10 Things To Do To Repair Your Yard For Summer

For a lot of people, the spring period is the perfect time of the year. This is an ideal time to put your yard in perfect shape for summer fun.

As the days get hotter and trees start to bloom, a lot of homeowners will begin making plans to put their yards in great shape for the warm summer ahead. Preparing your yard for summer can feel like a challenging task but you know the good news? It doesn’t need to be!

Here are a few essential tips that you can take care of now to prepare your yard for summer:

1. Do some cleaning

The first step to preparing your yard for summer is to clean up the leaves, twigs and other dirt that have gathered over the spring. Rakes work well, but air blowers are even better. Debris can get hooked to your lawn mower, and it will obstruct fertilizers and other materials from being properly absolved by the lawn.

2. Cut down early, cut down often

One of the biggest mistakes homeowners make is only cutting down once a week in the spring.

Mow every week for the first six weeks of spring, depending on the atmosphere, to ensure a thicker and fuller lawn.

3. Pick a good, heavy cover

Once your lawn is taken care of, edge out your beds, trim back dead branches on shrubs and replace the mulch.

4. Cut down the trees.

It’s difficult to know if a tree has dead branches unless you check it. If dead branches are not tended to, they can fall, thereby causing property damage and possible injury.

Consider hiring the service of a tree trimmer for safety purposes at least once every three years, ideally before the leaves start shooting out.

5. Plant & Maintain Flowers & Vegetables

The flowers, vegetables, and other plants that may be planted successfully in the spring will depend majorly on your climate and local conditions. It’s ideal to get in touch with a local garden center for details.

Typically, where warming weather allows, spring is an excellent time to plant summer veggies like corn, beans, tomatoes, and melons, and to set out summer annuals and summer-flowering bulbs. In colder weather conditions, you can still plant cold-season vegetables like broccoli, cauliflower, and leafy greens.

6. Control Pest

Aphids and garden pests enjoy spring growth. If you see curled or poorly formed leaves on specific plants and trees like roses, citrus, or fruit trees, this is a potential sign of aphids.

To get rid of these, wash plants continuously with a strong jet of water, blasting the aphids from foliage. Spraying with insecticidal soap or horticultural oil can be of help, too. A more natural solution that works is to release ladybugs at dusk yearly. Remove snails and slugs out of your yard with your hand or, if necessary, lure them.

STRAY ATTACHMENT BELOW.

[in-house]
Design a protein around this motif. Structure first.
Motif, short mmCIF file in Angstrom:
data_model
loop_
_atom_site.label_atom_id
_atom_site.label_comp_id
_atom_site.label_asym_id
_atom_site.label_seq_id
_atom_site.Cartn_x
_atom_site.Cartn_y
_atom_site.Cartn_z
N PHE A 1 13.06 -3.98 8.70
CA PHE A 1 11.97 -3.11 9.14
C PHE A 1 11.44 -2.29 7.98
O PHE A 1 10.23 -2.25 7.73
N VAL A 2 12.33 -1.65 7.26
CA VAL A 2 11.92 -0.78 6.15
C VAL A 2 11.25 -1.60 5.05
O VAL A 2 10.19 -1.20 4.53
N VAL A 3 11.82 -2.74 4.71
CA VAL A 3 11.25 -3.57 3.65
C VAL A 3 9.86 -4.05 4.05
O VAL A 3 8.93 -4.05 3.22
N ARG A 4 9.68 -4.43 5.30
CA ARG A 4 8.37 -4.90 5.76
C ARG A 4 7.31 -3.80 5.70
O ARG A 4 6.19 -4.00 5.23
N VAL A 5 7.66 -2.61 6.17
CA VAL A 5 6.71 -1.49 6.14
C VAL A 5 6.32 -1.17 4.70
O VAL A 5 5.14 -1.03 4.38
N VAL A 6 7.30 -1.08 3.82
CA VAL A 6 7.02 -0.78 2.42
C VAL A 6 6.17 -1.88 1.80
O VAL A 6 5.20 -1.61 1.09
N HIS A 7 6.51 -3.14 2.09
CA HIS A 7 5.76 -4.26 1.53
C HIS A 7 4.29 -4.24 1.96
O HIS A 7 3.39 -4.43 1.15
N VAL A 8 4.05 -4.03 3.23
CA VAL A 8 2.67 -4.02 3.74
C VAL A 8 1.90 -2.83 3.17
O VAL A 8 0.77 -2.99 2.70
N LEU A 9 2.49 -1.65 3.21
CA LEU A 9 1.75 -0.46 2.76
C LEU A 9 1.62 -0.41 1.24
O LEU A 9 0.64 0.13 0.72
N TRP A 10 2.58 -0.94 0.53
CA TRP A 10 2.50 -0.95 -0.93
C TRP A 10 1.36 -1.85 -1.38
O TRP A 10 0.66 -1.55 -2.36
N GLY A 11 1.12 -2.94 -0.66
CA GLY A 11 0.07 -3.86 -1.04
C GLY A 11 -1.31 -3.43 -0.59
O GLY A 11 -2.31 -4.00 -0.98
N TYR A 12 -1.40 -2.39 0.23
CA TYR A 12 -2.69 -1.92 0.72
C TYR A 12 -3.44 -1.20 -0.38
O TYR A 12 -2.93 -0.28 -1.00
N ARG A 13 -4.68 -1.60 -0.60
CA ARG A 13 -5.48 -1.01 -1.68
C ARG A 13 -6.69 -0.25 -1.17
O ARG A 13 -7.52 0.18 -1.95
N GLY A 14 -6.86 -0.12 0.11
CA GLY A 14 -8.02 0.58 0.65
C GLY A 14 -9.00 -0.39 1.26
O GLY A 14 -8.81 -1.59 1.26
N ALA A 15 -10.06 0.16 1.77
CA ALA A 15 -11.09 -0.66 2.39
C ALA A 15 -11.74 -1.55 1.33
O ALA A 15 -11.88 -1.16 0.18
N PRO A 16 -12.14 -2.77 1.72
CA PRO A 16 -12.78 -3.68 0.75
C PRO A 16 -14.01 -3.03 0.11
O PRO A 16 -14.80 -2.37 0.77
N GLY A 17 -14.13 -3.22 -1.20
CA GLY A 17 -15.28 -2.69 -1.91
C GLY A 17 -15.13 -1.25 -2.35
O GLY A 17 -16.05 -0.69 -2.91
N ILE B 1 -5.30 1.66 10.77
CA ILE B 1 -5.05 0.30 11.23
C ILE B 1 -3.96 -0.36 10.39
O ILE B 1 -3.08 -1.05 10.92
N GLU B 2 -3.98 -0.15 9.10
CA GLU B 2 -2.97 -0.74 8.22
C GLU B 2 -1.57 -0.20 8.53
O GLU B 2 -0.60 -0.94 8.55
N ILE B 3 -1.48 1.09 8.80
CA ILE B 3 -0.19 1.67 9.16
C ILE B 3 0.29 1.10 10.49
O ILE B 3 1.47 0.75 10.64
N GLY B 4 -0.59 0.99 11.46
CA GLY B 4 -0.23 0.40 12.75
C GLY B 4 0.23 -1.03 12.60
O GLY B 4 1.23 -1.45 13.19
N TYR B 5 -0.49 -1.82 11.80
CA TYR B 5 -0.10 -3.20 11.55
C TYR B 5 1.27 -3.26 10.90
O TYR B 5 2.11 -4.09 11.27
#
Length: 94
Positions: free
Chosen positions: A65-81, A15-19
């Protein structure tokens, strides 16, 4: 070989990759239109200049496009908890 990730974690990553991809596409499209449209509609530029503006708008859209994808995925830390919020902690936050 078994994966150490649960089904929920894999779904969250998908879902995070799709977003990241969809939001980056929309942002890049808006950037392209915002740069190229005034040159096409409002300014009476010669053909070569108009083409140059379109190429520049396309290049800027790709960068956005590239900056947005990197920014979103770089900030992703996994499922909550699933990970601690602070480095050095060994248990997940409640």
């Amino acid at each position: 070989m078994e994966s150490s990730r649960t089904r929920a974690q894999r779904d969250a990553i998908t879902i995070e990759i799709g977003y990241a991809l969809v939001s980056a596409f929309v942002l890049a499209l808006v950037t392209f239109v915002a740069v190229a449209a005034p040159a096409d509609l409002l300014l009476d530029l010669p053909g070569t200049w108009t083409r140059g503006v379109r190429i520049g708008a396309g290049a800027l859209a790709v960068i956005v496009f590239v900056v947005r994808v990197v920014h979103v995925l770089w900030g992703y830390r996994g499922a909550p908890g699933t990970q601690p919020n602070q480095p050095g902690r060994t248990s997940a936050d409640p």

7. Aerate your garden

Aerating your yard before summer is crucial because it enables water, oxygen, and nutrients to penetrate your grassroots better. This leads to a healthy root system which aids in keeping your garden healthy and lush. It’s better to perform the step in the autumn if your garden is a cool-season grass, like bluegrass or ryegrass. If you live in weather where warm-season grasses excel, aerate in the spring. Many experts advice aerating your yard every 1 to 3 years but highly motorable areas may need more frequent attention.

8. Remove excess Thatch

Thatch is the decaying plant element that piles up in your yard. A thatch layer of more than half an inch can block sunlight from grass and stop water from reaching deep roots. You can remove thatch in the autumn by gathering it up while you’re raking leaves, but it’s also a better idea to rake it up again in the spring to prepare your yard for summer. Detaching should be done in tandem with aeration.

9. Fertilize Your Grass

How you should fertilize your yard will all depend on what kind of grass you have? A nitrogen-rich fertilizer should be spread in the spring for warm-season grasses at the first sign of vibrancy. You can fertilize again very late in the summer. A cool-season grass will require little more attention and will need fertilization during early spring after the quiet winter period and again during early fall. Make use of fertilizer with a more significant amount of nitrogen concentrations during the fall application. Fertilizer application should be delayed back about a month before peak summer conditions.

10. Build a rustic footpath

If you have a big yard or one that is separated into shrubs, flower beds or amenities like a pool or fire pit, you might consider building a simple stepping stone path out of wooden planks or flagstones.

A footpath can offer you a pathway to get across your yard without wearing down the grass. It is easy to construct and has a pleasant and enjoyable feel.

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